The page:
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Mr. F. D. Adams (1929, p. 240) talks of movement of the charnockite magnfas in the final stages of their consolidation, and I have shown how severely the rocks of the charnockite range in southern Jeypore have been crushed.
All these writers agree also that the chief movement took place towards the end of the charnockite period.
There is accordingly every reason to suppose that mountain building was active in Ceylon, Southern India, and in the Eastern Ghats in late charnockite times. In the course of this the thick mass of aluminous sediments, which now forms the khondalites, was probably folded into the partly liquid charnockite, and may there have received its high-grade metamorphic imprint. Some reaction may have taken place between the magma and the sediments, leading to the final development of hypersthene in the charnockite rather than the usual pyroxene.
The whole charnockite region has been exposed to denudation since Archæan times. It is not surprising, therefore, that the only remains of the original sedimentary series are a few synclines of khondalites.
As regard the age of the khondalites there is of course no definite evidence, but andalusite-schists are found in great abundance among the Archæan sediments of the region lying to the west of the Eastern Ghats, and I think it possible that they are the same series as the khondalites, but in a lower grade of metamorphism.
Sir L. L. Fermor (1935, p. 48) insists on the necessity of relative uplift of the charnockite region of the Eastern Ghats with respect to the Archæan rocks further to the west, because he considers its high grade metamorphic imprint could only have been acquired at a great depth, although now it is actually higher than the region further to the west. He considers that a fault along the western margin of the Eastern Ghats is the most probable way in which such relative elevation could have occurred.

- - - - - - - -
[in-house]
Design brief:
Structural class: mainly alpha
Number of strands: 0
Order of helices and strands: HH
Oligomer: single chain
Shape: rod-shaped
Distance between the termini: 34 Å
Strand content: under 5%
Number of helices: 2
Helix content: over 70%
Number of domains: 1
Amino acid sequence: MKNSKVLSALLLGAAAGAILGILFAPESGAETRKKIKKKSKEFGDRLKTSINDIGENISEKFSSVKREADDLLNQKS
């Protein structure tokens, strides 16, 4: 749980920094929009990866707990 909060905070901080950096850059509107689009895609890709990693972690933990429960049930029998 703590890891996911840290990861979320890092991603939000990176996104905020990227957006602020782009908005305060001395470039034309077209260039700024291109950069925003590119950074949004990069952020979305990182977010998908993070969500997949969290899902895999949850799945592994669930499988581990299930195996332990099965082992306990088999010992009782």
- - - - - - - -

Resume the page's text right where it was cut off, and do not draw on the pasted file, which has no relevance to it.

I think it likely that faults and overthrusts would occur as the result of mountain-building forces, and that the khondalites may in some cases have been elevated by these, but neither I nor any of the other field workers in the khondalite region have taken Fermor's view of the origin of the high grade of metamorphism found there. The commonest view (see pp. 403 and 404) is that the metamorphism is thermal; the influence of stress is also emphasized.
The author visited southern Jeypore in 1934 and in 1935 to map a part of the western margin of the Eastern Ghats. The chief object was to ascertain whether the Eastern Ghats are separated from the region further west by a boundary fault. The mapping has shown that the boundary of the great charnockite mass of the Eastern Ghats is everywhere irregular, and that numerous intrusions belonging to the charnockite series occur in the country immediately to the west of the main range. The boundary is considered to be a normal intrusive one. There is no reason whatever to suppose that the margin of the charnockite is a great fault.
The various older rocks lying along the western border of the main charnockite boss are described shortly, and it is shown that their grade of metamorphism is low to medium, with increasing stress phenomena as the Eastern Ghats are approached. The newer dolerites of the same area are also described.
Next, the charnockites in the main range are discussed, and their metamorphism is shown to be similar to that of the older gneisses further to the west, but with even more marked stress phenomena.